predisposition is necessary but not sufficient for disease onset. Identification of the genetically at-risk, combined with advances in the characterization of pathogenic cell types, might enable ethical therapeutic intervention before disease onset. Further refinement in the interpretation of clinical biomarkers might include the identification of antigen-specific subsets of circulating lymphocytes and characterization of their activation state. Clinicians might be able to identify autoreactive subsets in peripheral blood lymphocytes by using antigen-specific tetramers [52–54]. Diseases such as RA, MS and T1D have been associated with specific MHC haplotypes [20,25,52,54]. In T1D and MS, specific combinations of MHC haplotype and autoantigenic peptides have been associated with active or nascent disease. Tetramers, which are soluble, engineered protein constructs that combine appropriate MHC and peptide, bind autoreactive cells in peripheral blood [20,52–54]. Clinicians might be able to use simple two- or three-color flow cytometry to quantify autoreactive cells. By combining tetramers with intracellular staining for components of receptor signaling pathways [55], they might further be able to assess the activation state of pathogenic cells, giving both the physician and the drug developer vital information regarding compound efficacy before changes in symptoms become apparent. Similarly, detection of antigen-specific B cell populations could enhance clinical assessment, biomarker development and serve as an indicator of therapeutic efficacy. Advances in the detection of B cell subsets have yielded potentially crucial information identifying pathological subsets in antibody-mediated diseases such as SLE [17]. Combining detection of cell-surface markers such as CD27 with the ability to discriminate antigen-specific B cells could lead to more predictive measurements of autoimmune disease. This will require an enhanced ability to mark antigen-specific cell subsets, as well as a consensus among investigators in a given field as to which antigens are crucial indicators for disease pathology or remission. Decisions on which biomarkers are most efficacious in the study of autoimmune disease for clinical trials might rest on criteria in addition to sensitivity and disease activity correlation. Peripheral blood is the most readily accessible sample for evaluation of T and B cell activation and circulating cytokines. However, levels of cytokines or subsets of lymphocytes in the circulation might not always be indicative of disease activity in the affected joint or organ. Sampling of affected tissues is feasible, if invasive, in RA and SLE by biopsy of synovia or kidney, although repeated biopsy sampling of the kidney seems unlikely to become routine practice. In T1D and MS, such in situ characterization is even more difficult. Future application of biomarkers will not only have to account for disease-specific cell populations and cytokines, but also utilize samples from the sources that are the most predictive. Care must be taken in the choice of biomarkers. Change in biomarkers expression might be the result of a compound mechanism, rather than disease therapy. The transcriptional promoter region of human CD40L has been reported to be regulated by a cyclosporine A-responsive transcription factor family [56]. Expression of CXCR3 on CD4 cells can be modulated directly by IFN-b [57]. It is possible that the lack of correlation between the actions of methylprednisolone and IFN-b on CD45RA+/ICAM-3+ T cells in MS is the result of the drugs directly modulating a surface marker, rather than a differential action on disease [28,29].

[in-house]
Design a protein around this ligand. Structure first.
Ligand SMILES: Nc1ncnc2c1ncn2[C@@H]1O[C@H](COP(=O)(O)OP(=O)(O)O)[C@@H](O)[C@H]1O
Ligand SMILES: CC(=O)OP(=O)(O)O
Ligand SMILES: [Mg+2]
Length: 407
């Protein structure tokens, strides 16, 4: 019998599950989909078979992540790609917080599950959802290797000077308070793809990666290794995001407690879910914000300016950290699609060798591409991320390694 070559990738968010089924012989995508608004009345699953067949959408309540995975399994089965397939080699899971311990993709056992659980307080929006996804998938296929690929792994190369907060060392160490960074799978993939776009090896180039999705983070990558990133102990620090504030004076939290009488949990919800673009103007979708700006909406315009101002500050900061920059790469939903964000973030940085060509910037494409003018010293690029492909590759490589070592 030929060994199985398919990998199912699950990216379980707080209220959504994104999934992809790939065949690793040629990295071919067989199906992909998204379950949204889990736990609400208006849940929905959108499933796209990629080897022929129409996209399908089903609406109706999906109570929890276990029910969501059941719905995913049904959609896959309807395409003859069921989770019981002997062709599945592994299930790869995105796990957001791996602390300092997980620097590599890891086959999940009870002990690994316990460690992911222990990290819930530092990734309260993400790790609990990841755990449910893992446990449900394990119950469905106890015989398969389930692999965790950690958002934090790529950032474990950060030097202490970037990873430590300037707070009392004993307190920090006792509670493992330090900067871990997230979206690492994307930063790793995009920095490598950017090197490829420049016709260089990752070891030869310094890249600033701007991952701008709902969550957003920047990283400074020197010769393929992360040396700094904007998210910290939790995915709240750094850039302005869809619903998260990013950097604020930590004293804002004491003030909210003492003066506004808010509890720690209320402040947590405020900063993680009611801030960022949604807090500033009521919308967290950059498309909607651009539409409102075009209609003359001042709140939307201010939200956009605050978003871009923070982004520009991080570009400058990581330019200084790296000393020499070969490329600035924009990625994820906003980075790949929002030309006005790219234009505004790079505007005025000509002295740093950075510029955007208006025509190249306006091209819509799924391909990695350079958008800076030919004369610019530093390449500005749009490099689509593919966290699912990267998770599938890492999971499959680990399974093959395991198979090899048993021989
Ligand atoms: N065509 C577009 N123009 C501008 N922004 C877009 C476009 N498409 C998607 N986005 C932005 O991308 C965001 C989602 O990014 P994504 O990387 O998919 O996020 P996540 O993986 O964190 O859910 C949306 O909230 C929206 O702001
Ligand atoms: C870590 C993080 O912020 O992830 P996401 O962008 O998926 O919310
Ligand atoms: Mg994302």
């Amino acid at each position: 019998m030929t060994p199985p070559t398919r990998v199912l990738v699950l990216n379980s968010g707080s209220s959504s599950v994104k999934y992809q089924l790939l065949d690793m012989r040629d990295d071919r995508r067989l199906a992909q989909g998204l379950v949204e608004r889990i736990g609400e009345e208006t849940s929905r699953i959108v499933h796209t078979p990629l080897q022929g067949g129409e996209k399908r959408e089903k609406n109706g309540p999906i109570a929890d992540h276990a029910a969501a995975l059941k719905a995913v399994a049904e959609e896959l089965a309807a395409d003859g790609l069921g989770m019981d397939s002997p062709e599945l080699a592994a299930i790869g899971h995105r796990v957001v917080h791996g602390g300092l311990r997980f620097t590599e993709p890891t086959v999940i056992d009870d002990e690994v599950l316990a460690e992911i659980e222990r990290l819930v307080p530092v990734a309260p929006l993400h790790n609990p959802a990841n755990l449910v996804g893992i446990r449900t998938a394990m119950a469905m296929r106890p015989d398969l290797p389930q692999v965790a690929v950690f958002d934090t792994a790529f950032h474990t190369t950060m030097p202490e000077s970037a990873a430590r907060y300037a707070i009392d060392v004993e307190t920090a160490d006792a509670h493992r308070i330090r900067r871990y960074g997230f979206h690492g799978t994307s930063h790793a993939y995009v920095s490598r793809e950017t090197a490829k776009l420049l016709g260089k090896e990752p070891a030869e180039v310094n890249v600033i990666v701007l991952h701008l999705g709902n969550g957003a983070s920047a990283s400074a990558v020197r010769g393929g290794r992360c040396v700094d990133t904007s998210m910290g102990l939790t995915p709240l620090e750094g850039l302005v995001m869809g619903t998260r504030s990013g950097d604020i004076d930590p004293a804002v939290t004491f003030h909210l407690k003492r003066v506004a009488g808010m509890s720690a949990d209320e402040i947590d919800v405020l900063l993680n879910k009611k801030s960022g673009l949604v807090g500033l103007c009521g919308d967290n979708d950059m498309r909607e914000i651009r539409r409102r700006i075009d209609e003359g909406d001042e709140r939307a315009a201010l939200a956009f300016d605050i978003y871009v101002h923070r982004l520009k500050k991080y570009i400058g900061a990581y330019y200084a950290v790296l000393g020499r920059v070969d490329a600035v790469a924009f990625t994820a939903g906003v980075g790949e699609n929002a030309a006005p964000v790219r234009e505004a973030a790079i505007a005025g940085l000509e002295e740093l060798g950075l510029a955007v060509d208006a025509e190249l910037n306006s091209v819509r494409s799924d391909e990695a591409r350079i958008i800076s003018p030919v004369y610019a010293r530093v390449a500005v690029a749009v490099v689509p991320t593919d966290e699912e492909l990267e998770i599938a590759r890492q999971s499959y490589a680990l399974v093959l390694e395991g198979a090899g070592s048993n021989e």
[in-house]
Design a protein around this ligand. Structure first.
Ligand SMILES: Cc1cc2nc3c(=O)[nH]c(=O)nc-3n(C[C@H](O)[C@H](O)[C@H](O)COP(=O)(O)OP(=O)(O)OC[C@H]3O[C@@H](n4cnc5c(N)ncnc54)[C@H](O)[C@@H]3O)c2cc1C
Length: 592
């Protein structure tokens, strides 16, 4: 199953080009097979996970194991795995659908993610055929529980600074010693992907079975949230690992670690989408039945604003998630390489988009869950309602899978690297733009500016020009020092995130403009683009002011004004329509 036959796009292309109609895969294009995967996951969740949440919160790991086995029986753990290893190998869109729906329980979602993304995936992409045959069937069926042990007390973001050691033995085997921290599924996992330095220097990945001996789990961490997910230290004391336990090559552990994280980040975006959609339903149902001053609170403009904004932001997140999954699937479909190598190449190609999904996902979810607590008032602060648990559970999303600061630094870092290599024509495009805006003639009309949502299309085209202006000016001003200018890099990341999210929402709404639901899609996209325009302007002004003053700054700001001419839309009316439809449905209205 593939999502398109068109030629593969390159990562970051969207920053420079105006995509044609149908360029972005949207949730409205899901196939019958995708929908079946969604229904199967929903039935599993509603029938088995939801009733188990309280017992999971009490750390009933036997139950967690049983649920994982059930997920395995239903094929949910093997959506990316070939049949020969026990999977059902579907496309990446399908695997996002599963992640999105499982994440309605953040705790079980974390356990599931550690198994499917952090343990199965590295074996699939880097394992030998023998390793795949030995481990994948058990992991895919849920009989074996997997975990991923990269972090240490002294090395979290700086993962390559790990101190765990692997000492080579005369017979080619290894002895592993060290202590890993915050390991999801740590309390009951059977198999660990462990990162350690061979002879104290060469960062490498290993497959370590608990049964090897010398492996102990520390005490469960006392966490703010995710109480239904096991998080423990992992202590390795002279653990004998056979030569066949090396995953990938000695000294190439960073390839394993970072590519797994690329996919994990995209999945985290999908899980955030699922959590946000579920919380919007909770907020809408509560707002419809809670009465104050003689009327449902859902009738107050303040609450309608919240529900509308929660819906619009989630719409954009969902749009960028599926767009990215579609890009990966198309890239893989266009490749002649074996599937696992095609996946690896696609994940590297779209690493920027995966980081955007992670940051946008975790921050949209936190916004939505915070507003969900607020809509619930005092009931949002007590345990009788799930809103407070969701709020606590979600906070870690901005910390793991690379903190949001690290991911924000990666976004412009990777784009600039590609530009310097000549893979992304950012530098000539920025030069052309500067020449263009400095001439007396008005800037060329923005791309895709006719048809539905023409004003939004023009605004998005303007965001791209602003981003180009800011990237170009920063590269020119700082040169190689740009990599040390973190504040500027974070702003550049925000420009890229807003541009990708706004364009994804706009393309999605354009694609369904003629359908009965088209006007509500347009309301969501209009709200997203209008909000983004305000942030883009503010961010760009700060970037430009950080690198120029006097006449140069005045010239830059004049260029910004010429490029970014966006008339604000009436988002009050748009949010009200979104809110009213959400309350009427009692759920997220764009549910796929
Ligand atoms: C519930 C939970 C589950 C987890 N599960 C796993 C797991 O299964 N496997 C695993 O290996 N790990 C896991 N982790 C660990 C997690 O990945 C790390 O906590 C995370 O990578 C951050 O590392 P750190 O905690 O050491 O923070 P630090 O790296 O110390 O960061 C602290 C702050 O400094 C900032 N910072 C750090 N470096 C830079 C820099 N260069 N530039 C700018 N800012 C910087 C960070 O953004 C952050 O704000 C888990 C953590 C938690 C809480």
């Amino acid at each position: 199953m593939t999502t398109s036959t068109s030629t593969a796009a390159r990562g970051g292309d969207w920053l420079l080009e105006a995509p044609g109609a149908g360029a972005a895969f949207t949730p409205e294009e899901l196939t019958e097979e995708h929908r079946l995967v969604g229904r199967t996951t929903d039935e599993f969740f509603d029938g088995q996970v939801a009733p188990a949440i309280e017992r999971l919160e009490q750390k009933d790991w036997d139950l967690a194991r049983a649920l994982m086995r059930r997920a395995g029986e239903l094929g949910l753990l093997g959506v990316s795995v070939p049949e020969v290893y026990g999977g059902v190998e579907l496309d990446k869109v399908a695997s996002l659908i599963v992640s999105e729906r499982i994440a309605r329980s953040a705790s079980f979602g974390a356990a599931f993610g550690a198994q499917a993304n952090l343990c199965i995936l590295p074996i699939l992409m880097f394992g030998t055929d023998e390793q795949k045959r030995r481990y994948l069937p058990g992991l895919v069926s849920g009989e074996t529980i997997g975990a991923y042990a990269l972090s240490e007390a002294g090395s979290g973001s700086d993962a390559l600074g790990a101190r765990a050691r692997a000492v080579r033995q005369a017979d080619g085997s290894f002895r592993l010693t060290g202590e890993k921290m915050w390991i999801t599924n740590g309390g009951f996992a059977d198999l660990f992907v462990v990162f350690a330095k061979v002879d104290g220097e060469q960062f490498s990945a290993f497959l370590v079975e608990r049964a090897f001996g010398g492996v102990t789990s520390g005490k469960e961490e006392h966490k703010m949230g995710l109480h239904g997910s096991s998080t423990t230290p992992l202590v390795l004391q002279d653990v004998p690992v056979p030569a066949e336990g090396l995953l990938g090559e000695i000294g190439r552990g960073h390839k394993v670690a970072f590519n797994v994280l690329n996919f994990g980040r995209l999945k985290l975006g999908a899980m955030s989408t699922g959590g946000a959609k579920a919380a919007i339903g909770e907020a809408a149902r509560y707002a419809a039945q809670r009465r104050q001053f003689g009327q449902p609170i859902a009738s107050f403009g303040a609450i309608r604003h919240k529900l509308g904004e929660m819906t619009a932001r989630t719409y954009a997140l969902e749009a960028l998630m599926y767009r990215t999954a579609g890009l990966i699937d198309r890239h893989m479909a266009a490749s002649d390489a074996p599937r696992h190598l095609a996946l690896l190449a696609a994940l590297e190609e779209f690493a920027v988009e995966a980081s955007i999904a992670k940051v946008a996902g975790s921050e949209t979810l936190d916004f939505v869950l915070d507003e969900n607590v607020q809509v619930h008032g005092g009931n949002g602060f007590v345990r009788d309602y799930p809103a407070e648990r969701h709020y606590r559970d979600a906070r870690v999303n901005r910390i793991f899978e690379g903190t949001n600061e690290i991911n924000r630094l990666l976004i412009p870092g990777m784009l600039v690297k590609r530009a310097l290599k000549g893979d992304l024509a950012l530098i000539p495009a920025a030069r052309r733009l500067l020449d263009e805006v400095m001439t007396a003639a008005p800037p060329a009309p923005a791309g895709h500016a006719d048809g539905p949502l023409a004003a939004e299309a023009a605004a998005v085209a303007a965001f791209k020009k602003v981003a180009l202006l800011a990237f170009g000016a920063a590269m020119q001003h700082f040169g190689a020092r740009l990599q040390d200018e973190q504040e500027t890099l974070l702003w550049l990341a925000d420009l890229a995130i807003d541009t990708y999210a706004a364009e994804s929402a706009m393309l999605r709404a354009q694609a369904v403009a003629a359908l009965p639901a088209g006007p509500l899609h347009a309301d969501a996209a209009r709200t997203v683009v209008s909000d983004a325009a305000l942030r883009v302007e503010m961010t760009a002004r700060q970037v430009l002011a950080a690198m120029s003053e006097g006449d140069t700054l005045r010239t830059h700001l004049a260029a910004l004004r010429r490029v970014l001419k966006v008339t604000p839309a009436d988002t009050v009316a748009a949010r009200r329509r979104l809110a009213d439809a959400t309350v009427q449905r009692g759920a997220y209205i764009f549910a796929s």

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An understanding of biomarkers on subsets of cell populations could elucidate which patient populations will respond to a given therapy. Patients with RA and SLE are being treated with rituximab in an attempt to control the B cell aspects of their disease. As with RA patients, the majority of SLE patients receiving anti-CD20 therapy demonstrated clinical improvement, concomitant with maximal B cell depletion [18,58,59]. Also, as with RA patients, some rituximab-treated SLE patients sustained clinical benefit after the return of CD20+ cells in the periphery, and some patients attained a therapeutic outcome, despite a minimal effect on antidsDNA antibody levels [59]. CD20 is expressed on most circulating B cells but is low or absent on plasma cells [18]. Jacobi et al. [17] demonstrated a strong correlation between levels of CD27+/ CD20 plasma cells and SLE disease activity. The comparative effectiveness of rituximab in inducing disease remission might indicate a role for different subsets of B cells in these related rheumatic diseases. Further characterization of autoimmune lymphocyte subsets will yield further clarity and enable more specific therapy in RA and SLE, as well as other autoimmune diseases such as MS and T1D, where the clinical role of B cells is suspected but less well defined. Emerging technologies in gene-expression profiling will have an expanded role in defining which biomarkers are relevant in a particular disease state. Studies using samples isolated from peripheral blood or affected tissue continue to reveal new proteins, which correlate with disease susceptibility, onset and activity [60,61]. Whether gene expression monitoring (GEM) will be a platform for clinical trials and clinical practice will depend on the continued development of the technology. The advantages of the technology lie in the quantitative nature of the readout and the relatively small sample required to profile the patient. As with serum cytokine and cell-surface marker measurements in peripheral blood, it remains to be seen if GEM analysis of peripheral blood